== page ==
Last July-August, during the partial lockdown in Melbourne, there was a 33 percent increase in young people presenting to emergency departments for intentional self-harm compared to the same period in 2019. There was a 10 percent increase in adults presenting for intentional self-harm, a 19 percent increase for urgent and emergency mental health services, and an 11 percent increase in people contacting inpatient or residential program care.

There was also a 29 percent increase in mental health support by telephone, and clinical mental health services saw increased presentations from people who had not accessed their services in five years.

While politicians, both Labor and Liberal, may clap and laud health workers for PR purposes, their real outlook is exposed by the low pay and unbearable conditions in the public health system.

In 2014 both HACSU and the Australian Nursing and Midwifery Federation (ANMF) helped bring Andrews to office as premier, despite his record as health minister in the Brumby Labor government of 2007–2010, when he tried to eliminate nurse-to-patient ratios.

HACSU has overseen the chronic understaffing of the public mental health system, with 350 positions unfilled by the 2018 election, in which it supported Labor’s re-election.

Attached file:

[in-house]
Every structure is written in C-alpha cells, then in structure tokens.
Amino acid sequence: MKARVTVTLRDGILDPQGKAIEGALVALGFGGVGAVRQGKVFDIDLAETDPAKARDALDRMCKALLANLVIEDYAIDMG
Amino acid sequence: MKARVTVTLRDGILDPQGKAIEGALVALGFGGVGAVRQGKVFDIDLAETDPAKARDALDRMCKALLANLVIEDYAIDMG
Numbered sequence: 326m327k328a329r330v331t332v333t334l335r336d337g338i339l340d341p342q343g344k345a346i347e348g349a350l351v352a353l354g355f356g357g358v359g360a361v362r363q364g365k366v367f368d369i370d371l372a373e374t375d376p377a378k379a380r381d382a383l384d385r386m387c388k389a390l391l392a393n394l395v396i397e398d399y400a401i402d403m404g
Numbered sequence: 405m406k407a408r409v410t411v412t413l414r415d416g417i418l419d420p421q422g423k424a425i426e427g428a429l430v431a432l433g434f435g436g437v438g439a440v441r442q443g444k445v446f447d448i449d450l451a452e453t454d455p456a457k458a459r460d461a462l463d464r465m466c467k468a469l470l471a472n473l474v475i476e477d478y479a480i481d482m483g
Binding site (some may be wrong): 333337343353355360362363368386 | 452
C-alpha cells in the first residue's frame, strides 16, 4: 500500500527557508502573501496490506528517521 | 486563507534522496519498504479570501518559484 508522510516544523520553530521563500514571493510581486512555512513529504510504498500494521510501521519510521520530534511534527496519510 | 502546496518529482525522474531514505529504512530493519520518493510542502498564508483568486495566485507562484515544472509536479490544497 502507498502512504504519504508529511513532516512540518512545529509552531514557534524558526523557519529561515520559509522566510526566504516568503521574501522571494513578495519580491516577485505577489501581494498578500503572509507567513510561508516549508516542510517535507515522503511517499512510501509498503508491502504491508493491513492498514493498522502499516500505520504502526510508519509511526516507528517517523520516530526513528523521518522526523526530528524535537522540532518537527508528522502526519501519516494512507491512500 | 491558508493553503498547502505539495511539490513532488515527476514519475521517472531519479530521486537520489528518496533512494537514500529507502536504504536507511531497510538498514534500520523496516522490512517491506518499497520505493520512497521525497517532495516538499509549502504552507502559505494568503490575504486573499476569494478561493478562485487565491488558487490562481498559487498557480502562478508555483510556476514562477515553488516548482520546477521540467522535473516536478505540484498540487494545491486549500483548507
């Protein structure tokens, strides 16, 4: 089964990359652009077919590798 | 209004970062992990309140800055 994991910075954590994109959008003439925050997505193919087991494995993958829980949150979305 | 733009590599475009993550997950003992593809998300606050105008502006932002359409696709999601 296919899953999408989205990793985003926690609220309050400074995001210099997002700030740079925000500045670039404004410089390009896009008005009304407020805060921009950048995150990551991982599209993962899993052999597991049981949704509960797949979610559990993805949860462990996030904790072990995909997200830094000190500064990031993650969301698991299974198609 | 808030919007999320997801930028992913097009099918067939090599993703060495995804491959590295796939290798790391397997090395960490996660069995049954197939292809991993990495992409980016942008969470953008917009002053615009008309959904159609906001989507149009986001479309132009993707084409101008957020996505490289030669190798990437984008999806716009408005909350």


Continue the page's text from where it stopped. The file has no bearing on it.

Since the 1990s, when mental health treatment was shifted from psychiatric to mainstream hospitals, the situation has only deteriorated as revealed by the recent Royal Commission into Victoria’s Mental Health System, which the government called to deflect the growing anger of staff and patients.

Over the past two years, HACSU and the ANMF have engaged in a divisive demarcation dispute over coverage of nurses working in hospital emergency “hubs” for patients suffering a mental health crisis or alcohol/drug addiction. This wretched turf war is a diversion from the burning issue: the appalling conditions facing all health workers.

An adult mental health nurse, Peter, told the WSWS: “You can’t go around and do normal activities of daily living, because you’re responsible for half the medication of the ward.

“In the end you miss out on your patient’s needs. Unfortunately, you don’t get the opportunity to have a sit-down conversation with them. A lot of the work is observation… People may harm themselves if we aren’t always monitoring them…

“If there is one person who is at high risk of hurting themselves or someone else, they need ‘specialling’—one staff member to be with them the whole time. But you have a floor with 30 to 40 people and sometimes there is only one staff member. It is not realistic.

“When you come to work, tension is a given for a mental health nurse. At the end of the day you’re there to help people, but sometimes you can’t. There is high attrition. In nursing generally, many nurses with burn-out leave before they have done nine years.

“Then there are a lot of people in mental health calling in sick... We haven’t got the resources that we need.”

The mental health workers face a decisive fight against the Labor government and the trade unions, which work hand-in-glove with it. Their urgently needed demands can be taken forward only by wrenching this struggle out of the hands of the unions and building rank-and-file committees to directly oppose the cost-cutting program of the Andrews government.